Persona: A novel with many strengths and virtually no weaknesses

fantasy book reviews science fiction book reviewsPersona by Genevieve Valentine speculative fiction book reviewsPersona by Genevieve Valentine

Persona by Genevieve Valentine is an excellent novel. This probably will come as no surprise to those of you who have read the author’s two previous, critically acclaimed novels, Mechanique and The Girls at the Kingfisher Club, but as a newcomer to Valentine’s works I was quite blown away. (I should probably add that, based on feedback from friends and on those two books’ blurbs, Persona appears to be very different from her earlier work.)

Persona starts off in near-future Paris, where Suyana Sapaki is about to cast a vote in the International Assembly (IA). Suyana is the “Face” representing her country in the IA, which means she has virtually zero decision-making power: she is a figurehead, a glorified spokesperson who says what she is told to say and votes the way she is told to vote.

In this version of international politics, it’s the handlers who make the decisions. The Faces are there to be seen by the public, have their outfits analyzed, climb the ranks on Intrigue magazine’s Most Eligible Faces list. An entire gossip and paparazzi industry has been built around them. Politics has, for all intents and purposes, turned into a scripted reality TV show: the Faces serve as the “on screen talent” while the handlers pull the strings. It’s not unknown for a Face to strike up a temporary, contractually-negotiated relationship with another Face, as Suyana is about to do with her counterpart from the U.S. The reasons for this particular pairing are many, but love isn’t one of them. Regardless, before Suyana even gets the chance to have her first “secret” meeting with the U.S. Face, she is shot.

Fleeing from the scene, she is helped by Daniel Park, a “snap” or paparazzo who was lurking in an alley hoping to get some shots of Suyana’s first date. This sets them on a path full of shocking twists and surprising revelations.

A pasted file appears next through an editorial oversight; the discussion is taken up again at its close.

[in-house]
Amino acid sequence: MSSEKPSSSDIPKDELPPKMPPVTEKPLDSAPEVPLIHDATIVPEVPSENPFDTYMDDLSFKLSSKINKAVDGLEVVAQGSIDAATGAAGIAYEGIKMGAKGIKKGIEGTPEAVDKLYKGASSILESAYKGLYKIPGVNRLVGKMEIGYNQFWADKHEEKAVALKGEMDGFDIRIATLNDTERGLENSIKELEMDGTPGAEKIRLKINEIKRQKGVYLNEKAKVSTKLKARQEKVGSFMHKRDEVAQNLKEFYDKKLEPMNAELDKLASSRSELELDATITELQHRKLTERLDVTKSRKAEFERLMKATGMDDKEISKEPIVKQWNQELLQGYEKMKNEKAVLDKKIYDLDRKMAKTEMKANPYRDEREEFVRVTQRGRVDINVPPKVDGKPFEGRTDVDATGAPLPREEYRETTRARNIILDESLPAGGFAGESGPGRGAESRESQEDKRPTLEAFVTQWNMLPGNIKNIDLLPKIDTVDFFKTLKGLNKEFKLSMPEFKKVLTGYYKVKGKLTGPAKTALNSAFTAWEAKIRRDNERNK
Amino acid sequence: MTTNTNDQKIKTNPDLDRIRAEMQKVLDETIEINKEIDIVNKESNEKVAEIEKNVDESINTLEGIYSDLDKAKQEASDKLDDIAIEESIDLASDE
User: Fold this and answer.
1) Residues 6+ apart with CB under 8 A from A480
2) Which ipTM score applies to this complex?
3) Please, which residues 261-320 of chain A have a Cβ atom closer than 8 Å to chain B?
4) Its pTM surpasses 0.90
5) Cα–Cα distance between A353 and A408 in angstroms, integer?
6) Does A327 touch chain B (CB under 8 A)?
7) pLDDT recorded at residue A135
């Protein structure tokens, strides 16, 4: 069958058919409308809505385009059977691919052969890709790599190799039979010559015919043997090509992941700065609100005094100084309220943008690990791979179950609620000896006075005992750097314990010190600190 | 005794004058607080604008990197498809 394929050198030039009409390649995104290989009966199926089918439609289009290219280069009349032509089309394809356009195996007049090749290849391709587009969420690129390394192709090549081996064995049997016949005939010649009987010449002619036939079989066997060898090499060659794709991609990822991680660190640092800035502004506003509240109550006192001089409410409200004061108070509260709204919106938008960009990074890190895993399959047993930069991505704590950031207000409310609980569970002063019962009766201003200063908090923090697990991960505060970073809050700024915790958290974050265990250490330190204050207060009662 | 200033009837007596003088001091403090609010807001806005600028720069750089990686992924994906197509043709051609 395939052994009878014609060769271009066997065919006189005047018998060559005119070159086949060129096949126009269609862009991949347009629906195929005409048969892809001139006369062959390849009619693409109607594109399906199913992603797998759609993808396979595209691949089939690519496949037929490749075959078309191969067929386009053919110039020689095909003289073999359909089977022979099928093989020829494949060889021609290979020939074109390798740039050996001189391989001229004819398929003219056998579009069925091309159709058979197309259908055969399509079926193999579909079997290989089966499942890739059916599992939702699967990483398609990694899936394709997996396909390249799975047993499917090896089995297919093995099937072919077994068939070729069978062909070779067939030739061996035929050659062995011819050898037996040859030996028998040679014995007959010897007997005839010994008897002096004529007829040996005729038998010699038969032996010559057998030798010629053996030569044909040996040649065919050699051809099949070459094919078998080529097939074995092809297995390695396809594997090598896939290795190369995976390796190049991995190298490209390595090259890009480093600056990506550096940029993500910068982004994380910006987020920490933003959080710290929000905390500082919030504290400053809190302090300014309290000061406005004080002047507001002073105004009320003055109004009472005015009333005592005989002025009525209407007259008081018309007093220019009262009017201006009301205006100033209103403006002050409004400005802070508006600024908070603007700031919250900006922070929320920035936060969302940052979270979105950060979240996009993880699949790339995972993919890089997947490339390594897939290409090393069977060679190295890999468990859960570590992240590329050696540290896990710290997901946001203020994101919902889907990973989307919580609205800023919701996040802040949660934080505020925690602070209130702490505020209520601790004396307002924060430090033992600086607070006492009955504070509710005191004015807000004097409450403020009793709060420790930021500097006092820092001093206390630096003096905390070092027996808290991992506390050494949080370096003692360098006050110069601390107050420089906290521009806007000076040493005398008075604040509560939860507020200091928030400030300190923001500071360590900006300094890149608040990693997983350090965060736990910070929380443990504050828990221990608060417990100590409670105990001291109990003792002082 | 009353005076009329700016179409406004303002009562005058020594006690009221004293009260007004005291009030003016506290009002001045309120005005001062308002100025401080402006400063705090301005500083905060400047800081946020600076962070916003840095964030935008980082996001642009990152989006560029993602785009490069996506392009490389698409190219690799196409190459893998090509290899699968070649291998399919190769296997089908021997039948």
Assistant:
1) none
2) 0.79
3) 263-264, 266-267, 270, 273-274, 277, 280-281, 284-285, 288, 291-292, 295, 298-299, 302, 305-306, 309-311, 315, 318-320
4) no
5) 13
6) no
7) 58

Persona is a novel with many strengths and virtually no weaknesses. Its story is told in deft, bold strokes, with very few wasted words. It’s amazing how much information Valentine manages to compress in just the first five or six pages, painting both the wasps’ nest of political interaction and Suyana’s sharp cynicism in just a few brief scenes.

It’s even more amazing that the true plot of the novel then immediately kicks into high gear: once Suyana is shot and goes on the run, it’s basically non-stop action and tension until the very end. Still, along the way Genevieve Valentine manages to impart enough information about Suyana’s past (and Daniel’s) to add several more layers of complexity to the novel.

Another strength of Persona is its wonderful, biting prose, which is as incisive and cynical as anything by, say, William Gibson. It reminds me of another novel reviewed here recently, Evensong by John LoveEvensong was compared to both Gibson and Richard K. Morgan on its cover, but in my review of Evensong I mentioned that it was much closer to Richard K. Morgan than William Gibson. Persona, on the other hand, is exactly the opposite, from the relatively lowly origins of its main characters to the pace of its narrative. (Forgive the long sidebar: I read these novels back to back, which was an interesting experience as they both deal with evolved near-future versions of the political world, but approach this topic in very different ways. For the record, of the two I think Persona is the better novel, as much as I loved Evensong.)